We are so busy and consumed that our schedules and roles and things and worries fill up our lives past the normal margins all the way to the edge of the page.  We take work home, we answer emails and messages 24/7, we stare at devices either waiting for notifications or creating them.  No down time.  Not much space to just be.  Not enough time and space to let our mind absorb the heart of God, to let our lives be directed by his love, or to let ourselves be shaped by his grace.  No margin.

This season, create some margin.  As I write this devotion, I have closed my office door, I have made time and place to read and reflect, and I have been blessed to let the fast pace of this year slow down to an intentional crawl, even if for an hour…just to create margin.

Jesus will find you in the margin!

Pastor Craig

Second Friday of Advent

I like how Rohr points out that Mary did not earn her role in the script.  She was approached by the angel, and her doubts morphed to surrender.  She was hovered over by the Spirit (literally in the Greek) and she went from being virgin to theotokos.  No special credentials.  In fact, the opposite was true for this young woman of Nazareth.

Spiritual formation is not something we earn or deserve.  It is more about being mastered by Him than mastering a set of disciplines or roles or doctrines.  The depth of self is discovered when we are opened up for a visit and a calling and a role that is not us at all…but that we sense is divine.  That was Mary’s ministry, and it was launched in grace.

Join me in opening ourselves up to God’s grace, his voice, his touch, his visit, his dealings, his transformations, his directions, and his challenges so that God’s will might land in the deepening parts of self in each of us.

Pastor Craig

Second Thursday of Advent

All too often we hear what we want to hear.  We read into print what we already think.  We interpret what we see through our pre-suppositional filter until Jesus heals us from our deafness, our narrow-mindedness, and our blindness. Yes, I’m in the group in need of healing all of the above.  What Rohr calls dualistic thinking has artifacts in us once the right issue rolls around.

The filter we use is most often tied to labels we have embraced and labels we use.  Labels are quick and dirty ways to categorize people.  Labeling ourselves and living into that label--conservative, liberal, Texan, American, Democrat, Independent, etc.) is not a deep form of living and thinking. If we can put each other in a category, we may be able to deal with each other more readily.  We think if we can label people, we already know what they will say, do, write, or think..  This becomes the filter for our listening, reading, and watching others.  It’s just a form of control that America applauds. but it is control nonetheless.  Jesus calls us to love people, not control people.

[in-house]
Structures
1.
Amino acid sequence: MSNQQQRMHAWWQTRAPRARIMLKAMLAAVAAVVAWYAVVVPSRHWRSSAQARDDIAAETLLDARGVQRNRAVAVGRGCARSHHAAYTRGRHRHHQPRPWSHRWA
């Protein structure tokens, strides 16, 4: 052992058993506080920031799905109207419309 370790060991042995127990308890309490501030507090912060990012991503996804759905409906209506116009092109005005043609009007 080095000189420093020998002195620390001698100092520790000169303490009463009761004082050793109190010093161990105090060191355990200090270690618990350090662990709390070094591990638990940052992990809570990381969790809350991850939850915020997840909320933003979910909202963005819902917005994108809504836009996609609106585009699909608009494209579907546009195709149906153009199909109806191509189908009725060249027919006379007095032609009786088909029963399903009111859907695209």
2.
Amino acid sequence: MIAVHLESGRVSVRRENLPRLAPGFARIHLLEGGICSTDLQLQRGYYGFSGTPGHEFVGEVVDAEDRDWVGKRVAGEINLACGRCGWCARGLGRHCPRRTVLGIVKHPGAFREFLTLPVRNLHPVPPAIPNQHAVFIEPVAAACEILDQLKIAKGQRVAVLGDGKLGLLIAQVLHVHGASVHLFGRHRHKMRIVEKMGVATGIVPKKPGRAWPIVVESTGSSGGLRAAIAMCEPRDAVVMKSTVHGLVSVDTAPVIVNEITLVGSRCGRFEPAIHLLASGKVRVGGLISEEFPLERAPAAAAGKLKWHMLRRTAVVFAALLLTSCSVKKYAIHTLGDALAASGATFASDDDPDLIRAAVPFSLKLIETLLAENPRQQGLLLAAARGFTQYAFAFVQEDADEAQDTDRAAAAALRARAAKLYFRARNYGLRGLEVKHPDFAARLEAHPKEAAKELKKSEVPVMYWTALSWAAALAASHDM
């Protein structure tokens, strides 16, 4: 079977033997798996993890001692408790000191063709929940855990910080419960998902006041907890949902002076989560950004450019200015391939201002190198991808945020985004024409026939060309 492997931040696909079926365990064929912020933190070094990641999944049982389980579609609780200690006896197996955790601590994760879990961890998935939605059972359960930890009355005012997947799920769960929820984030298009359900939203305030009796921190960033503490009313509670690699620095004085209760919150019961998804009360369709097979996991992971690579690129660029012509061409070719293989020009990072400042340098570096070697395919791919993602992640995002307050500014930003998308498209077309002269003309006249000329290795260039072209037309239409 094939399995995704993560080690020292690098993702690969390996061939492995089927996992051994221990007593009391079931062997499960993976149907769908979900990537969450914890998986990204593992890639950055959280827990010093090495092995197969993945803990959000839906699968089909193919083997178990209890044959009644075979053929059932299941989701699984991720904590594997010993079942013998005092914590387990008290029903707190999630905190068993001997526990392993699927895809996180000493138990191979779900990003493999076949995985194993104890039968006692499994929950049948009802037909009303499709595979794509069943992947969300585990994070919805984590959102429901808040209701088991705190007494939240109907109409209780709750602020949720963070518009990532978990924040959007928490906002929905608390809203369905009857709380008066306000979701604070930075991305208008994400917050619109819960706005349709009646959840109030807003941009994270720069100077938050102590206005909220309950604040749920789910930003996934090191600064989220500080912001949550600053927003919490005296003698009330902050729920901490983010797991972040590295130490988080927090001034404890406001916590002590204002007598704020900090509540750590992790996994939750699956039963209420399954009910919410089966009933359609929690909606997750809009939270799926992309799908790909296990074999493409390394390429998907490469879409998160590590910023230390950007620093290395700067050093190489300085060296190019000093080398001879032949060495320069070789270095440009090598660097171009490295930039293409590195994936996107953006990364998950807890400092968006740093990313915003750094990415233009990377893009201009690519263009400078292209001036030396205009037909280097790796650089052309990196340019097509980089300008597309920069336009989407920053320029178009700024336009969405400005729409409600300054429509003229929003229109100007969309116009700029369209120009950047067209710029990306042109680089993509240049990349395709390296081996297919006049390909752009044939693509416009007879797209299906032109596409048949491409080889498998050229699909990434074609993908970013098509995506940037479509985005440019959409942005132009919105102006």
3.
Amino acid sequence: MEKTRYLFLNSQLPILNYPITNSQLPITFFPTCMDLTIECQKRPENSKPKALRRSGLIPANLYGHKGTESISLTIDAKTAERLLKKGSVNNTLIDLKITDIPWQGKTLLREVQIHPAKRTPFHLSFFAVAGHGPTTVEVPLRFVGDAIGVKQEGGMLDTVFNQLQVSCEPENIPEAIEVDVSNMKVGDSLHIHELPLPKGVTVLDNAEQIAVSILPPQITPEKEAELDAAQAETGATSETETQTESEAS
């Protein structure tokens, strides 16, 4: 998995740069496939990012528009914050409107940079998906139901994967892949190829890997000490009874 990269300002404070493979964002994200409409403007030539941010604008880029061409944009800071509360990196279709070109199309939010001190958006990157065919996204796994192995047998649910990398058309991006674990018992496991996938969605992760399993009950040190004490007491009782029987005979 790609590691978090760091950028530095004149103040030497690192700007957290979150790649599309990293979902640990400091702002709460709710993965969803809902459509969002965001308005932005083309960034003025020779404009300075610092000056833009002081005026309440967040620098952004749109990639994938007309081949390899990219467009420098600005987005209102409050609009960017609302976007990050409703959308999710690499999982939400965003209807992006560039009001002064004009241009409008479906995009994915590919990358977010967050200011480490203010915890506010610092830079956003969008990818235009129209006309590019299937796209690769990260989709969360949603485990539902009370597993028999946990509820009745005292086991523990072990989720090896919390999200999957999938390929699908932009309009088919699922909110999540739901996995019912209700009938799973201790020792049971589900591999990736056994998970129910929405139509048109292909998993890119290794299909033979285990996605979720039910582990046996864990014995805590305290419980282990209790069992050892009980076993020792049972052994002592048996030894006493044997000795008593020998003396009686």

Losing the labels is the beginning of spiritual formation.  Spirituality seeps underneath labels to the inner space that labels cannot touch.  Spirituality is the self discovering itself as whole, loved, forgiven, empowered, affirmed and free of labels.

As Jesus often said, “Let the person who is able to hear, listen up!”

Pastor Craig

Second Wednesday of Advent

Light and dark are symbols taken from the real world to help us interpret that same real world. The darkness of destructive evil is too real; we see it’s trail of devastation each day in the news. We repent of it in our own lives as sin surfaces in each of us. And we let the Spirit filter out that darkness by his sanctifying power.

Darkness is the only place light has to go! Philosophically, they must both exist. Darkness sprints out of the room when light appears. And when the Light was born, darkness got ready to run…on your mark, get set… Jesus birth, life, and cross did not rid the world of darkness, but he became the Light that was powerful enough to win.

I think this is always both a personal and a community question. We must let Light win in us if we are to be shaped by grace into servants and leaders. And we must invite Light to chase away social darknesses such as terrorism, poverty, and human trafficking lest we think that the Light only came for us.

What darknesses have we yet to let the Christ child uncover in us? In our families? In our businesses? In our structures and community? How can we let light win in us today, even to the point that chronic darkness becomes obsolete and powerless? How can this season be used by the Spirit to bring light into dark corners of social injustice?

Pastor Craig

Second Tuesday of Advent

Rohr’s chaplain stories help us connect with a side to our lives we seldom see…the broken side, the humble side, the “no place but up” side, the lost and receptive side.  It has been said that anyone can commit any sin, and that we are all one bad decision away from our own incarcerations.  We all need to get in touch with this side of our lives…the broken side.